At 8PM on Sunday night, Wesleyan students from across the political spectrum congregated for a candlelight vigil to mourn the loss of Israeli and Palestinian lives due to the violence in the region over the summer.
“I thought this was an amazing event,” said Isabel Alter ’17. “I am really glad we didn’t discuss politics.”
Students gathered in a circle with candles in hand. The organizers of the event distributed to each attendee a segment of a list of names of those lost. When the first candle was lit, students began to simultaneously recite the names on their list. Once the names were read, a moment of silence was respected.
“I think that we’re at a very politically potent moment for the Israeli Palestinian conflict,” said Rebecca Casper-Johnson ’15. “As students who are engaged with the issue if we can start the year remembering that any loss of life no matter the nationality is tragic than we can more forward in a way that is politically productive and morally just.”
That sentiment was shared by many attendees of the event. Students said they were relieved to find a space to remember and reflect. Many attendees had deeply personal connections to the lives lost.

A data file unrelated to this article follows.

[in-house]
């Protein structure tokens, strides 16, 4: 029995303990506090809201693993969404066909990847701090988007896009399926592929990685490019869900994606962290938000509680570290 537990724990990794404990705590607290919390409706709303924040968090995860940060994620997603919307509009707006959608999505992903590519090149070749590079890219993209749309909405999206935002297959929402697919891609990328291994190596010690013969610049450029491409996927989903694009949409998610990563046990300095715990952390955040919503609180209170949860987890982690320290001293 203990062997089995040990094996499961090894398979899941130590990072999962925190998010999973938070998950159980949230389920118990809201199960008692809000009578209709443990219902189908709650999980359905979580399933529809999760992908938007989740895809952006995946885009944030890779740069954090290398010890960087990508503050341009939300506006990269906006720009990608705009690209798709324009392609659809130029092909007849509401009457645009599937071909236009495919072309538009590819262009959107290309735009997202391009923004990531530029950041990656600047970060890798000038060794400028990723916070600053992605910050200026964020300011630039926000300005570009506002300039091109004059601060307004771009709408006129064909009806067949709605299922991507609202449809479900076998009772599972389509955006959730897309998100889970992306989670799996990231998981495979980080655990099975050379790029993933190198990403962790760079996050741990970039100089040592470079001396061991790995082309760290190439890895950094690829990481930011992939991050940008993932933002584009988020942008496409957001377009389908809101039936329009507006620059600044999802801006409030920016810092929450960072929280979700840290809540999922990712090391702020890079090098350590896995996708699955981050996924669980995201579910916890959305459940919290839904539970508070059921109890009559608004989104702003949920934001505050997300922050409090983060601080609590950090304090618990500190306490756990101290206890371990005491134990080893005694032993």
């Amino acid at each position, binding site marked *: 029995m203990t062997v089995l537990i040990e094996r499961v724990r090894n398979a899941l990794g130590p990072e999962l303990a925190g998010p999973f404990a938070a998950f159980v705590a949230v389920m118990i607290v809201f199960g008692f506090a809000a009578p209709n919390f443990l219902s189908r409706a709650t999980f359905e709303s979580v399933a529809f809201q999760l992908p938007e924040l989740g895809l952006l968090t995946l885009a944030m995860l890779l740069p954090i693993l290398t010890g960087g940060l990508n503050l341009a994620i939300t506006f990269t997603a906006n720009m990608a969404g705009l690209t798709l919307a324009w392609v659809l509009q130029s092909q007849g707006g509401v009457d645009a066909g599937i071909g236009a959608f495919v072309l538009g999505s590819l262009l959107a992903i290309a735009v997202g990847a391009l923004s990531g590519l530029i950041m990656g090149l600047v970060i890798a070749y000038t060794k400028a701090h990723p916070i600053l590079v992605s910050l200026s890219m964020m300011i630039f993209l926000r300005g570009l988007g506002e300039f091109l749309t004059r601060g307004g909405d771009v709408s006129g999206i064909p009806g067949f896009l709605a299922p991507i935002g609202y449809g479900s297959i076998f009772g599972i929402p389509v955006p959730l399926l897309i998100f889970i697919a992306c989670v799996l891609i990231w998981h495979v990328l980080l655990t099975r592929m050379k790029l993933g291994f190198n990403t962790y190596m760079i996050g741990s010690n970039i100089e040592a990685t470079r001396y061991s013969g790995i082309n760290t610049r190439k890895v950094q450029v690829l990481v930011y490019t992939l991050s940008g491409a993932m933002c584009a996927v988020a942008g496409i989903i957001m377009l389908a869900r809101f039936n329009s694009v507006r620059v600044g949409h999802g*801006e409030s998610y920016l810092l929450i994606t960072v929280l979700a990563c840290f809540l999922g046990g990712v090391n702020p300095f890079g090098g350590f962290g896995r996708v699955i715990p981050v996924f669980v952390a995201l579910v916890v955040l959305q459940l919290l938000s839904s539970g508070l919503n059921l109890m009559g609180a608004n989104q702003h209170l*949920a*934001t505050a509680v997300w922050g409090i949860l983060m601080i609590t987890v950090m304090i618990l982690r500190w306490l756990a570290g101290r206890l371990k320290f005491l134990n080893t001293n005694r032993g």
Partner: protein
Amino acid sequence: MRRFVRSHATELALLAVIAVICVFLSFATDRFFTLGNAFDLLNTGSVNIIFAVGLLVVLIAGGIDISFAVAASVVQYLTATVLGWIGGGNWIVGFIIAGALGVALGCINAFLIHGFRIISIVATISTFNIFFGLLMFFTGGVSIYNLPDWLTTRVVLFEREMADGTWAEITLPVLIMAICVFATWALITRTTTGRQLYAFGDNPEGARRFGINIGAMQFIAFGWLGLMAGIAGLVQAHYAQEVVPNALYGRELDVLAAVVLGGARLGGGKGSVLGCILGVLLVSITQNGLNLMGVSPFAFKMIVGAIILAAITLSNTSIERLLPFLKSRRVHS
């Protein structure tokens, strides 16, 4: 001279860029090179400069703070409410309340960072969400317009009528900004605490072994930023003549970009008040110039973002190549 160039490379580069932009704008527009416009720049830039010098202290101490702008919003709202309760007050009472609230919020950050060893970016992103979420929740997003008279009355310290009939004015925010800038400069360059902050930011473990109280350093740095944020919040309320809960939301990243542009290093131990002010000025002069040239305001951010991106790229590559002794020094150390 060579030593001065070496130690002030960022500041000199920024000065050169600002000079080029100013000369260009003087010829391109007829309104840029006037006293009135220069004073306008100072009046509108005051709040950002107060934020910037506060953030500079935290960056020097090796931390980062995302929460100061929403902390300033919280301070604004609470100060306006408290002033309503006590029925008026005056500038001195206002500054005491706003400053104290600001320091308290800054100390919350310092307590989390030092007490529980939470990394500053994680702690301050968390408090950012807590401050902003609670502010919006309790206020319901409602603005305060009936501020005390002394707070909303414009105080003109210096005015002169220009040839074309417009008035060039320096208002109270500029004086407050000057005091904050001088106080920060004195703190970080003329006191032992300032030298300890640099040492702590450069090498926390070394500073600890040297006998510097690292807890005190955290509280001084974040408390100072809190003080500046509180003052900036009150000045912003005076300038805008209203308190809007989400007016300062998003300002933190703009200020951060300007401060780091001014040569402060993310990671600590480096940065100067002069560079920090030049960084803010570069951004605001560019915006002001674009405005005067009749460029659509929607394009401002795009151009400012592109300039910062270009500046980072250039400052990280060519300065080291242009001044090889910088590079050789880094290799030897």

“It was simple and mournful. As I think a vigil should be,” Harry Russell ’16 said. “We’ll have a lot more opportunities to talk about the reasons for the war. Today was commemorative for all the lives lost.”
“I am very proud of our community for peacefully demonstrating their grief and being respectful of each other,” said Deren Ertas ’16, noting that the event came within days of the latest casualty from the war.
“I think it was—I don’t want to necessarily use the word success—but I think it’s important that so many people came out to acknowledge the magnitude of the violence that was inflicted on the people in Gaza,” said JJ Mitchell ’15. “Thousands of people were killed and I hope that this event signals the fact that students will no longer be complicit in that violence.”
“I thought it was really beautiful that people with different perspectives could get together and acknowledge the horrific events that happened this summer,” said Emily Greenspan ’16. “I think it was nice to do this at the beginning of the semester and in the coming weeks think about how we can take action to prevent these tragedies from happening again.”
“I think it’s important to note the violence in Gaza, but I think it’s also important to remember the interpersonal violence in Israel and the West Bank,” Greenspan continued. “Both Anti-Arab racism and Anti-Semitism have only grown worse over the summer.”